I am reading about Service Component Architecture (SCA). One thing that I did not understand its use, is the definition of a component type in a file with the extension .componenttype.

This source says:

"Component type represents the configurable aspects of an implementation. A component type consists of services that are offered, references to other services that can be wired and properties that can be set. The settable properties and the settable references to services are configured by a component that uses the implementation."

And here's an example for that file:

<?xml version="1.0" encoding="ASCII"?>
<!-- Component type schema snippet -->
<componentType xmlns="http://docs.oasis-open.org/ns/opencsa/sca/200903"
               constrainingType="xs:QName"? >

   <service … />*
   <reference … />*
   <property … />*
   <implementation … />?


My confusion is because we do define the component services, references, properties, and implementation in the composite file (the file with .composite extension). So why do we define it in both files (the component type file and the composite file) ? Aren't we repeating things here? What's really so special about the component type in SCA? Thanks.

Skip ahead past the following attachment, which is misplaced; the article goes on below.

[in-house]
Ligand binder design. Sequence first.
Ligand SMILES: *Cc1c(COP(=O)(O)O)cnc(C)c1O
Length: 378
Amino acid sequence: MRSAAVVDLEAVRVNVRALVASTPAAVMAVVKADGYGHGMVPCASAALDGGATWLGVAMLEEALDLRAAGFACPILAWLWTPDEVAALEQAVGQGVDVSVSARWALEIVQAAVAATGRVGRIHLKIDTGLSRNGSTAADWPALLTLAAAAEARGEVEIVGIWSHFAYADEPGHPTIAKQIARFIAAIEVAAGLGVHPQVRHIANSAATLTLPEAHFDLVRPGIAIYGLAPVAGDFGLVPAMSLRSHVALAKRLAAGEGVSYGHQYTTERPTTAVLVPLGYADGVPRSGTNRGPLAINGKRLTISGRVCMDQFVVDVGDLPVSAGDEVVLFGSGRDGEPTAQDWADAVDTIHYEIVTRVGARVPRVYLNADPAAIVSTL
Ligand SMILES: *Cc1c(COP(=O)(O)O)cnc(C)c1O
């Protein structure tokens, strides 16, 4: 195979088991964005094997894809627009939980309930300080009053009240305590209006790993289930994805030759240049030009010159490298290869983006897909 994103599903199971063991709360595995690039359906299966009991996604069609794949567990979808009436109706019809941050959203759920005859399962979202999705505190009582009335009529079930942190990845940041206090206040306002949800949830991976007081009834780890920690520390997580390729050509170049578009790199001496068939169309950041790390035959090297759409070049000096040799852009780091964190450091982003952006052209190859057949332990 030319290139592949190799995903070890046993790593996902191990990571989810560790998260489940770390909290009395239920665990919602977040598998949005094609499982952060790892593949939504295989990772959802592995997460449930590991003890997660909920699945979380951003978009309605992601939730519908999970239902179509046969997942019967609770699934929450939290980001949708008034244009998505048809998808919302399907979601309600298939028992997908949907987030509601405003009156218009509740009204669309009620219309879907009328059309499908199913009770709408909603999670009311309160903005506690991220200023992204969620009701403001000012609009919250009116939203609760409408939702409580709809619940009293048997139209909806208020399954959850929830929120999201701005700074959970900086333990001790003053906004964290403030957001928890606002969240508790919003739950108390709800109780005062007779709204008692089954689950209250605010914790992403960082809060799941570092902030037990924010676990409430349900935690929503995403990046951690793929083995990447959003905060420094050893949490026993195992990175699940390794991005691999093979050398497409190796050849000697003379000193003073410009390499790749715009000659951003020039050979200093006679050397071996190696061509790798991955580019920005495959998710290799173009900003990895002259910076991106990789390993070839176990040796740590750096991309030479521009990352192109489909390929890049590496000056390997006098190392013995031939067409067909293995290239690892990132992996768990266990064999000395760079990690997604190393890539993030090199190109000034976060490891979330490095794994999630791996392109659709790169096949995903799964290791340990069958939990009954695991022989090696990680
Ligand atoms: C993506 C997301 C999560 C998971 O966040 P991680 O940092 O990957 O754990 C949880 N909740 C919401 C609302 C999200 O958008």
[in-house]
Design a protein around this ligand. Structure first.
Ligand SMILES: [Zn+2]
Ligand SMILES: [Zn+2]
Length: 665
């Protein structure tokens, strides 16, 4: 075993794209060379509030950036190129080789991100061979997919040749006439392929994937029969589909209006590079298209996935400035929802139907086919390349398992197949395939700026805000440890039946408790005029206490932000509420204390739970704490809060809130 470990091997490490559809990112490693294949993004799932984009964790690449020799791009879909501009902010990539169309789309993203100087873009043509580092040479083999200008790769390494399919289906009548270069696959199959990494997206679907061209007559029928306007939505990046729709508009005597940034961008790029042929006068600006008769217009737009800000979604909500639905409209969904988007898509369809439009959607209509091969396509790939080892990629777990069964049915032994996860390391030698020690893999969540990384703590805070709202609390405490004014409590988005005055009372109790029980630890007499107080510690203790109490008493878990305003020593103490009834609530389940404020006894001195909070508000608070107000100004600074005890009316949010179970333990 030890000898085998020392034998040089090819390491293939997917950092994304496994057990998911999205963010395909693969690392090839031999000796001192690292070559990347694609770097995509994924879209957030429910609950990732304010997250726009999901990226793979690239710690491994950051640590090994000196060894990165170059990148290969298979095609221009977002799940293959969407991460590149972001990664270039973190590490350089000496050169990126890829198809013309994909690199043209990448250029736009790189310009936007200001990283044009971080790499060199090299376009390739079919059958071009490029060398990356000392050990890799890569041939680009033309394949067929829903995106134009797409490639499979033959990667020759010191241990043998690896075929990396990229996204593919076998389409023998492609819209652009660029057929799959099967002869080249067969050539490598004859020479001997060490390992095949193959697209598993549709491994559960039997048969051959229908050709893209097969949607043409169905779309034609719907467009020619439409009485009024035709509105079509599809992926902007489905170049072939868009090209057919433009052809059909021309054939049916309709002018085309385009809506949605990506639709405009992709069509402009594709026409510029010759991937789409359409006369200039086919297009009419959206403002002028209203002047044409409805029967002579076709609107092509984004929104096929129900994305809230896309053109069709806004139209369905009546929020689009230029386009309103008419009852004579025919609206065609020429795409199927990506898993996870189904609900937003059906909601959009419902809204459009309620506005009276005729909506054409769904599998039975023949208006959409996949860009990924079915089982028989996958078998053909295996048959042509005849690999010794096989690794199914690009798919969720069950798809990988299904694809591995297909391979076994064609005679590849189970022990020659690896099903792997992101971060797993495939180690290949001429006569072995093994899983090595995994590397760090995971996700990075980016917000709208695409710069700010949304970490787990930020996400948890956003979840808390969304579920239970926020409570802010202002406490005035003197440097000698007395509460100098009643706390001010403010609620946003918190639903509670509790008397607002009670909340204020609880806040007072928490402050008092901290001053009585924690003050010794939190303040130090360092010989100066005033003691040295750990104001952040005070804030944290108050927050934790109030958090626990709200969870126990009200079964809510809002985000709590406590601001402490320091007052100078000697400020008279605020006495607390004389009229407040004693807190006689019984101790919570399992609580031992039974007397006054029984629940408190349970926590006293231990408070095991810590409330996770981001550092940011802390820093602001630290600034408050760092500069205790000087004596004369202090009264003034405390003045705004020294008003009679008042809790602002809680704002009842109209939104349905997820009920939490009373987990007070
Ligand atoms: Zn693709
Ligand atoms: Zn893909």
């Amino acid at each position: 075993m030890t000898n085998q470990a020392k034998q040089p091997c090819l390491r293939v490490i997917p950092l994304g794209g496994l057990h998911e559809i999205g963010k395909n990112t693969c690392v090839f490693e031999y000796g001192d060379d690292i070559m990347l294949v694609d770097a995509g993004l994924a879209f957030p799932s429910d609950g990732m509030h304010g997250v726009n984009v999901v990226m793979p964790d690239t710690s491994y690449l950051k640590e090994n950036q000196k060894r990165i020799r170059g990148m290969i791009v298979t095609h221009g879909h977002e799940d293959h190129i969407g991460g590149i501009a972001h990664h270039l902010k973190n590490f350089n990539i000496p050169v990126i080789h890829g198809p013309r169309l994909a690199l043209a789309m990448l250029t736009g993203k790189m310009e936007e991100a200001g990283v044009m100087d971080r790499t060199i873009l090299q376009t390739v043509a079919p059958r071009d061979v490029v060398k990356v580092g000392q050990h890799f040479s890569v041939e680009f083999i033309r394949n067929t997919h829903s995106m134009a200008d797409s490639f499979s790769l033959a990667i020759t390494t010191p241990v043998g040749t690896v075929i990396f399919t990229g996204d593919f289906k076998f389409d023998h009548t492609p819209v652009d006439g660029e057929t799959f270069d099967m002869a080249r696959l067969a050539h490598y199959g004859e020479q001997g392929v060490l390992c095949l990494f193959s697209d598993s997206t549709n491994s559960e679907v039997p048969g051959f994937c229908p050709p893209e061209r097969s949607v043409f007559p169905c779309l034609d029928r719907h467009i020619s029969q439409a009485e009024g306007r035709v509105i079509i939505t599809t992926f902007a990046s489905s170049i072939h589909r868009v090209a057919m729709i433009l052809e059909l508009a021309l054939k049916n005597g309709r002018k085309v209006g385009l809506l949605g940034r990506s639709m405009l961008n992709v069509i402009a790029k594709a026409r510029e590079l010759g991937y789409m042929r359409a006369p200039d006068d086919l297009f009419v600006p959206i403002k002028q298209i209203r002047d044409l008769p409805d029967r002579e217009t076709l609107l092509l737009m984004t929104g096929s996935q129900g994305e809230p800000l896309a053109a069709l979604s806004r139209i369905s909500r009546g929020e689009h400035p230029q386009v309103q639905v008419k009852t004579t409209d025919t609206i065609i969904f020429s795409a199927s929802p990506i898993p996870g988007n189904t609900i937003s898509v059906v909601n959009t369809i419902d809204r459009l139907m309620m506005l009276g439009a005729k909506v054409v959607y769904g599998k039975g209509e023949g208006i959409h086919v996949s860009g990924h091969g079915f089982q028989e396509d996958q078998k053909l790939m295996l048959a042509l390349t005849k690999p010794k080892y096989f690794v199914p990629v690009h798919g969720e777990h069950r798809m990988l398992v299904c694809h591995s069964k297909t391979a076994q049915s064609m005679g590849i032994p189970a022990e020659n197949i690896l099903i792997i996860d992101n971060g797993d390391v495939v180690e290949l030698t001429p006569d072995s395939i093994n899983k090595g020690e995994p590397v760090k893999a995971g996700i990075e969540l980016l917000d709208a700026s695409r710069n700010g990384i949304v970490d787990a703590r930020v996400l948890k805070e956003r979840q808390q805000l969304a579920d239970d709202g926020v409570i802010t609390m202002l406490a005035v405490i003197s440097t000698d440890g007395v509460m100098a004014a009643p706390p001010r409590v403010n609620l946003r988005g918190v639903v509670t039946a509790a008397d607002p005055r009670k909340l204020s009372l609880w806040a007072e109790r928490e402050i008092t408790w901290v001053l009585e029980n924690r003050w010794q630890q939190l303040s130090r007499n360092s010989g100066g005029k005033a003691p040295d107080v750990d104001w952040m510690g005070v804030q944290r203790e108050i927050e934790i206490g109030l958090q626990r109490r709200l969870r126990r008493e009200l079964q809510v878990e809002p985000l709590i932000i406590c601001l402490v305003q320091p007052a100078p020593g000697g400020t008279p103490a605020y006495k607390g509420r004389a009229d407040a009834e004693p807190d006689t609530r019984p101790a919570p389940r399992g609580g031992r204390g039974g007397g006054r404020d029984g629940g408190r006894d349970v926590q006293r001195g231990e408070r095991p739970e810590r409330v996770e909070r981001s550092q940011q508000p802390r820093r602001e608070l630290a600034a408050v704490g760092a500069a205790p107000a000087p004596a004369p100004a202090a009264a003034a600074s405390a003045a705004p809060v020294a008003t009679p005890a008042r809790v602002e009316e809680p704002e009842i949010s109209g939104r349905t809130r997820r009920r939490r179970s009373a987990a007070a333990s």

The componentType and component configuration are actually two different things. The ComponentType describes a component implementation. It's analogous to type information that can be gathered from reflection on a Java class (hence the "type" in the name). Think "type" vs. "instance". This is an important distinction since a component implementation may be used more than once with different configuration.

In practice, applications generally do not need to provide a componentType file as the information can be gathered (in most cases) via some type of reflection. For example, with Java implementations, the componentType file is never provided (it's actually not supported in the latest version of the Java spec).

The only case where a componentType may be necessary is for languages where type information cannot be determined programmatically.

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